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Hamilton County judge halts use of Elmwood Place speed cameras

Judge: Scam motorists can't win

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ELMWOOD PLACE, Ohio - A Hamilton County judge ruled Thursday afternoon that the village ordinance that allowed Elmwood Place to install controversial speed cameras is unenforceable and violates motorists' due process.

The ruling passed down by Judge Robert Ruehlman grants a permanent injunction and prohibits further use of the cameras.

Judge Ruehlman called the village's traffic camera system a game that Optotraffic, the company that operates the cameras, has a financial stake in.

"I used the term 'game' because Elmwood Place is engaged in nothing more than a high-tech game of 3-Card Monty," the judge wrote in his ruling. "It is a scam that the motorists can't win."

"The entire case against the motorist is stacked because the speed monitoring device is calibrated and controlled by Optotraffic," he wrote.

Judge Ruehlman pointed out that Optotraffic had already received $500,000 at the time of the January hearing on the case.

Some Elmwood Place residents were enraged after speed cameras dispensed $105 citations in the small, economically-struggling village for about six months.

Adam Price, who received two tickets in two days from the speed cameras, told 9 On Your Side reporter Bryce Anslinger Friday that the entire system was "ridiculous."

"I understand that they're short staffed, with the budgetary issues, but resorting to a camera to ticket people is kind of ridiculous," Price said.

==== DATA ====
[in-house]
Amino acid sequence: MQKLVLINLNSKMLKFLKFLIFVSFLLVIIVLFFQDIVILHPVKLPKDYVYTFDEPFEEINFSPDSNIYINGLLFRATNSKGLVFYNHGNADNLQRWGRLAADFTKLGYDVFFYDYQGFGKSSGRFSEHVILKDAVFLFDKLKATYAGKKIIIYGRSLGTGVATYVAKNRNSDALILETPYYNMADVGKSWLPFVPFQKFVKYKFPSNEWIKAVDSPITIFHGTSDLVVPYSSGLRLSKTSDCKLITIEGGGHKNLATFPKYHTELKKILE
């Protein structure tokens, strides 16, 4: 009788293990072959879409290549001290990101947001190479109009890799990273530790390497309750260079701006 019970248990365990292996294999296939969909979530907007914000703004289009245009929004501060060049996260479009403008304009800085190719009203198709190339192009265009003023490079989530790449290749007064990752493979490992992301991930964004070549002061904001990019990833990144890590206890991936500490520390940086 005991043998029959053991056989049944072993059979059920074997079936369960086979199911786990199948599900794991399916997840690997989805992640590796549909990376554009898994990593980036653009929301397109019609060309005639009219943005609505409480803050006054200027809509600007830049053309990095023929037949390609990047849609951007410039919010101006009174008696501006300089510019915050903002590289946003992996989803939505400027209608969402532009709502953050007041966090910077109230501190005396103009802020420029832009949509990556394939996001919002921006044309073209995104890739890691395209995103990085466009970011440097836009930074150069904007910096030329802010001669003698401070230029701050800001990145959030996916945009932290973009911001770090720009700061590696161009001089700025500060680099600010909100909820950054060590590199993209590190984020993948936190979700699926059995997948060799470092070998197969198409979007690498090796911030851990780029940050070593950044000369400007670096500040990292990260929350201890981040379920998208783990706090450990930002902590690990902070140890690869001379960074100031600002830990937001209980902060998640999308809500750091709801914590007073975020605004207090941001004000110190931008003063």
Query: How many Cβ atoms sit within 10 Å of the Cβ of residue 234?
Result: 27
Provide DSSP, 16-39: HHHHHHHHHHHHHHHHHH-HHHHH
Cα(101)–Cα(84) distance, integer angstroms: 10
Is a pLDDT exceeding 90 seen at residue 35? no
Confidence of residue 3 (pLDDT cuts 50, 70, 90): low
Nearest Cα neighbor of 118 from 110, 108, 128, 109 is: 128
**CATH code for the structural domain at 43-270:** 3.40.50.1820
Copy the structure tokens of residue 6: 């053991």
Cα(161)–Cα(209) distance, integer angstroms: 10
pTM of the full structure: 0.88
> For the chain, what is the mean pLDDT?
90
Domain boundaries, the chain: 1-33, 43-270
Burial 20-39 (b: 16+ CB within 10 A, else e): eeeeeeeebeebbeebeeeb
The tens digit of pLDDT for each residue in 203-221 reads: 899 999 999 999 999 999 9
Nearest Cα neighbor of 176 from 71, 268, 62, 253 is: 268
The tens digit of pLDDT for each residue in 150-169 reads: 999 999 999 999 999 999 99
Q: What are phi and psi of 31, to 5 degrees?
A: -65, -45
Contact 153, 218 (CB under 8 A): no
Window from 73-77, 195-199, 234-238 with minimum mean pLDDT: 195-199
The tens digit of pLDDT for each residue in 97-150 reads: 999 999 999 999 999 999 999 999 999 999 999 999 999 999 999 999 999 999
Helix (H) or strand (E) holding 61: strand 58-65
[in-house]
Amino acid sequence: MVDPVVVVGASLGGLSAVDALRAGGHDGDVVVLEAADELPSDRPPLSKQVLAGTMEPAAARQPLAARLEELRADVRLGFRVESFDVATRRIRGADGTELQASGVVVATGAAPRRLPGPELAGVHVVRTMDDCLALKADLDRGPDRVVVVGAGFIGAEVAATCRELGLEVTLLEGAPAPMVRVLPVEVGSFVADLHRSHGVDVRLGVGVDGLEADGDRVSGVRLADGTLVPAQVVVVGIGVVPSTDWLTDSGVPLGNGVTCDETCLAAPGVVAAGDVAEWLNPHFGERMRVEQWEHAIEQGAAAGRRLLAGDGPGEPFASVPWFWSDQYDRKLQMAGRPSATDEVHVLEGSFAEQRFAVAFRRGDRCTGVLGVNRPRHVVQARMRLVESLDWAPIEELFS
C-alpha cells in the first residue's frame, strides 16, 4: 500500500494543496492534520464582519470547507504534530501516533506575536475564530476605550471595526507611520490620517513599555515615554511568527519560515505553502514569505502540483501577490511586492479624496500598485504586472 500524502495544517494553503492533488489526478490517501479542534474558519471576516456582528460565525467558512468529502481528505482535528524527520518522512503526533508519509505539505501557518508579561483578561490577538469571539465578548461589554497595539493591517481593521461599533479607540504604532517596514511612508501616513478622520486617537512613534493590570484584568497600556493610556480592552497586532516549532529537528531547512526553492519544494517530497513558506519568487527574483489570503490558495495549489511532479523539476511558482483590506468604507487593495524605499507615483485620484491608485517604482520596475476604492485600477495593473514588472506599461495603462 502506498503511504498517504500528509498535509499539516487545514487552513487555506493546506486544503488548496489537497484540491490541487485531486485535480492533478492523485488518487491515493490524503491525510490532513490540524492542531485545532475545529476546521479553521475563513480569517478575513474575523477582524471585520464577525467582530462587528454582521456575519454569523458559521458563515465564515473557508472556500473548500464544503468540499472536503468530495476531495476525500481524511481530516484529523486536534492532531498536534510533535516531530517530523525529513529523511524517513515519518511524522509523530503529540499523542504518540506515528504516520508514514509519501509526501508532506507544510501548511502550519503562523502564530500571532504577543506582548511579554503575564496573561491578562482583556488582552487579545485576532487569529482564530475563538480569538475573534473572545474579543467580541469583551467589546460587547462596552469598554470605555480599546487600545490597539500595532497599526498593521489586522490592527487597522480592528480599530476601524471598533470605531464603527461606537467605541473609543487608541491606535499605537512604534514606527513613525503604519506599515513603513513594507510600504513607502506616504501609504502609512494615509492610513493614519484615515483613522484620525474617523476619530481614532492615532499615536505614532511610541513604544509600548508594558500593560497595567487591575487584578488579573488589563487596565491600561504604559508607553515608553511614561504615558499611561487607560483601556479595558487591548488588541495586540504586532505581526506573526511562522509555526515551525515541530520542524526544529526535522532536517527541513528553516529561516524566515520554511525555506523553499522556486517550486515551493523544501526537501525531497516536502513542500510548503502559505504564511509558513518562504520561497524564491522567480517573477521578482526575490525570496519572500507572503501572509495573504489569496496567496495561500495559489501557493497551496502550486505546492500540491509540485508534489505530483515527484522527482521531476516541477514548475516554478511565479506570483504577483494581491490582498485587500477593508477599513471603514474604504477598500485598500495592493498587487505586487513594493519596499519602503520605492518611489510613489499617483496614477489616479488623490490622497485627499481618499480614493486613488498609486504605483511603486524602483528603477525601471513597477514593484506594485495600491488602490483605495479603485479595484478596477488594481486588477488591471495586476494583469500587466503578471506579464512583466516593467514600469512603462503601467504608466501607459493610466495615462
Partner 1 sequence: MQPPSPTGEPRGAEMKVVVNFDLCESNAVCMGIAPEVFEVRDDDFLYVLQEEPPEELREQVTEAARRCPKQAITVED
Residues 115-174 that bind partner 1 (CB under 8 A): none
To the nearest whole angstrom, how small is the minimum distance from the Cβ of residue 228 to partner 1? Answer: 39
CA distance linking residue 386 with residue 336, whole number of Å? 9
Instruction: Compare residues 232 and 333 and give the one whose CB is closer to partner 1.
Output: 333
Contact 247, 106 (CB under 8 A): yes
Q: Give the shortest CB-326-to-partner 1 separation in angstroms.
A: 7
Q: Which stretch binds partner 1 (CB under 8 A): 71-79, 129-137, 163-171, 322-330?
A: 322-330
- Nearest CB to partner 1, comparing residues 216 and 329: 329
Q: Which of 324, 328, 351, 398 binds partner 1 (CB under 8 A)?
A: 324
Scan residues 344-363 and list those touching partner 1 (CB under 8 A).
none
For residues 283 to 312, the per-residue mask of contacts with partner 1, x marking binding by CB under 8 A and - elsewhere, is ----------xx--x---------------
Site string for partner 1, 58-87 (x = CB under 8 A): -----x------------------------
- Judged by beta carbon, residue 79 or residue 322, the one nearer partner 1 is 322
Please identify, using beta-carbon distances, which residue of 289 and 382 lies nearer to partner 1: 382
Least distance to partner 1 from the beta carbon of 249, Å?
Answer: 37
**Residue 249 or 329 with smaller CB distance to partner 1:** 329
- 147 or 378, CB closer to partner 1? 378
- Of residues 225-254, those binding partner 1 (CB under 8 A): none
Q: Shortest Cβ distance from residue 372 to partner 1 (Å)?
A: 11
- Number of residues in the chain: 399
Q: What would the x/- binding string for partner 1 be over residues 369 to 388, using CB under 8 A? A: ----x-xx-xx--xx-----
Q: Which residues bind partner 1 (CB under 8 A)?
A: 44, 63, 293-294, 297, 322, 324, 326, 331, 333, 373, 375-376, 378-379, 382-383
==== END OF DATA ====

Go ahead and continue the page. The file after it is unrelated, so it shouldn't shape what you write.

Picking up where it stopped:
Other residents like Scott Meirose, who received two tickets from the cameras, say the cameras were a good idea and helped keep kids in the area safe.

"You have a lot of people who are on fixed incomes, I understand that, but in the same breathe, why are you speeding through a school zone?" Meirose asked. "Slow down, it's that simple."

Optotraffic said Friday that it expects city leaders to appeal the injunction. The company said the cameras are still running, but are only traffic numbers.

Attorney Mike Allen urged Judge Ruehlman to shut down the program during a hearing in January. Allen said the cameras have generated $1.5 million for the Village of Elmwood Place and that the system is about revenue generation rather than public safety.

Since installing two traffic cameras that record vehicle speed in September, Elmwood Place has been issuing citations at a rapid pace: 6,600 in the first month, or three times the number of village residents. Elmwood Place's chief of police says the speed cameras are still operational in the village.

Allen said in January that he will consider asking that the decision be retroactive. Such a decision could mean anyone who paid a fine could receive a refund. Allen said he believes the appeals process for people who receive a ticket from the speed cameras does not allow for testimony from anyone other than the person who received the ticket.

"Judge Ruehlman's decision does not specifically address that because we didn't ask him to address that," Allen told Anslinger. "However, we are conducting research, legal research to determine what those people's options are. And if there's a remedy we want to go forward with it."

Since the cameras' installation, there have been petition drives, a councilman asking the mayor to resign, calls on Facebook and other social media to boycott the village, and a lawsuit that alleges violations of constitutional rights.

Stay with 9 On Your Side and WCPO.com for updates as they become available.

 

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